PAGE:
What does stack overflow mean?
Stack is a specific amount of memory assigned to a program to use. A stack overflow means that this stack is full and you can't insert anymore data into it
A stack overflow is a programming term used to identify when a function tries to access memory from a stack that does not exist. A stack, such as a queue or array, contains a limited number of memory spaces set aside when it is created. For example, if an array has 8 objects in it and a function tried to access an item at slot nine, which doesn't exist, it would cause a stack overflow.
A stack overflow is a type of buffer overflow in which an array writes memory outside of the array boundaries. The keyword here is "stack". The stack is a section in memory in which local variables and other program data are kept for future reference. When the stack gets overflown, adjacent program memory, such as variables, pointers, etc, will be overwritten and cause your program to crash.
Stack overflow is a "bug", either in some software you have installed or something on the webpage. It could also be a coding error or a combination of a few different things. This is why the computer is sending you stack overflow messages. In order to fix it, try deleting the .frm file InnoDB: and not using the drop table.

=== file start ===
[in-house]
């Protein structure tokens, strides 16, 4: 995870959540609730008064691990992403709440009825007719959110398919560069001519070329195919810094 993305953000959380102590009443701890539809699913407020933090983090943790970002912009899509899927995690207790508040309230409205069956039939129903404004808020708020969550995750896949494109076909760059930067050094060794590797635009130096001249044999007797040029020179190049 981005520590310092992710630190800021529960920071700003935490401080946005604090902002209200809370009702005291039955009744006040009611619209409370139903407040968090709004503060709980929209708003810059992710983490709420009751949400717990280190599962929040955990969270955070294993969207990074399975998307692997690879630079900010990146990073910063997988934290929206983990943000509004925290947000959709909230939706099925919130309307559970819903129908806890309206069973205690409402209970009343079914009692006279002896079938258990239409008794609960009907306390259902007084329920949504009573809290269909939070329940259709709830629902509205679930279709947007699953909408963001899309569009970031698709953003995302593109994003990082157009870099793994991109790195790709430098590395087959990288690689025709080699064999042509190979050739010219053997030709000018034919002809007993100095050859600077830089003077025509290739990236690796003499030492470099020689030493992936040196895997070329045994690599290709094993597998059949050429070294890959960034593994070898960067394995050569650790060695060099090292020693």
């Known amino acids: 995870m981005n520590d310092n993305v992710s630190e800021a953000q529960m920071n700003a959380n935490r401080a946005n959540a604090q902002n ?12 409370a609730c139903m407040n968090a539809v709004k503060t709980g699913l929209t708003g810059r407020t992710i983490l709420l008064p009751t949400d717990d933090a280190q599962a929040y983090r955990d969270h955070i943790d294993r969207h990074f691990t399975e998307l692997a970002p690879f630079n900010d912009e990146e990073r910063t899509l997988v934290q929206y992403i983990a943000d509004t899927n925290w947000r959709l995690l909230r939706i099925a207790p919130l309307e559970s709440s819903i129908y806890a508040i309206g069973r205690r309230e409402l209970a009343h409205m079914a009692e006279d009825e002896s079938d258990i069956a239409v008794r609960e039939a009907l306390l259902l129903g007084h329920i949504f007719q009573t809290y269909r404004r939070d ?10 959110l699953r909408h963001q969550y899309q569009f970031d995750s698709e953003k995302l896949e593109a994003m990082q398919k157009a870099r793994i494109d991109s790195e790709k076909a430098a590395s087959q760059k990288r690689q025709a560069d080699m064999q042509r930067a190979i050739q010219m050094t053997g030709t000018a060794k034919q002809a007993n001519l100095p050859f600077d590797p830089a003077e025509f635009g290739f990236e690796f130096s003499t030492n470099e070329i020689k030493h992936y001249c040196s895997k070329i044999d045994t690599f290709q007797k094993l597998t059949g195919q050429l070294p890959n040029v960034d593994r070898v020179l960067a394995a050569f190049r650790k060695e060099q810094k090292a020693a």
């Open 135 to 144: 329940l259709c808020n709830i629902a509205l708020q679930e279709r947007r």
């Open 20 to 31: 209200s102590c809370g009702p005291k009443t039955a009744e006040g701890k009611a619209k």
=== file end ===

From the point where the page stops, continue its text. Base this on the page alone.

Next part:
A stack overflow is usually the cause of an array that is too small to be able to hold the intended data. To fix a stack overflow, the array must be locally declared (this means not dynamically allocated off of the heap) and then you must change the amount of "slots" in the array to something that is big enough to hold your data.
The "stack" in this case is an internal structure to store data in a first-in, last-out manner. "Overflow" means the program tried to store more data into this "stack" than there is space. If you are not into computer programming, and see this message as an end-user, there is not much you can do about it; it means either that there is an error in the programming, or that somehow the computer program had to…
A stack overflow occurs when the on--chip stack capacity is exceeded. This can be detected by a comparison of the top-pointer, the last-pointer and the index specified for a create-frame operation ( for push). Initially the top-pointer is set to 1 and the last-pointer to 0, placing a dummy element on the stack. If an index specified for a read access is greater than the number of valid on--chip stack elements, a stack underflow occurs…
Go to line 104, look carefully (ask someone else if you could not spot it). You either have a method or property name referenced within the same method or property. Or, you may have A calls B, B calls C, C calls A, a circular recursive chain... It is common to have stack overflow with recursive call (unintentionally of course)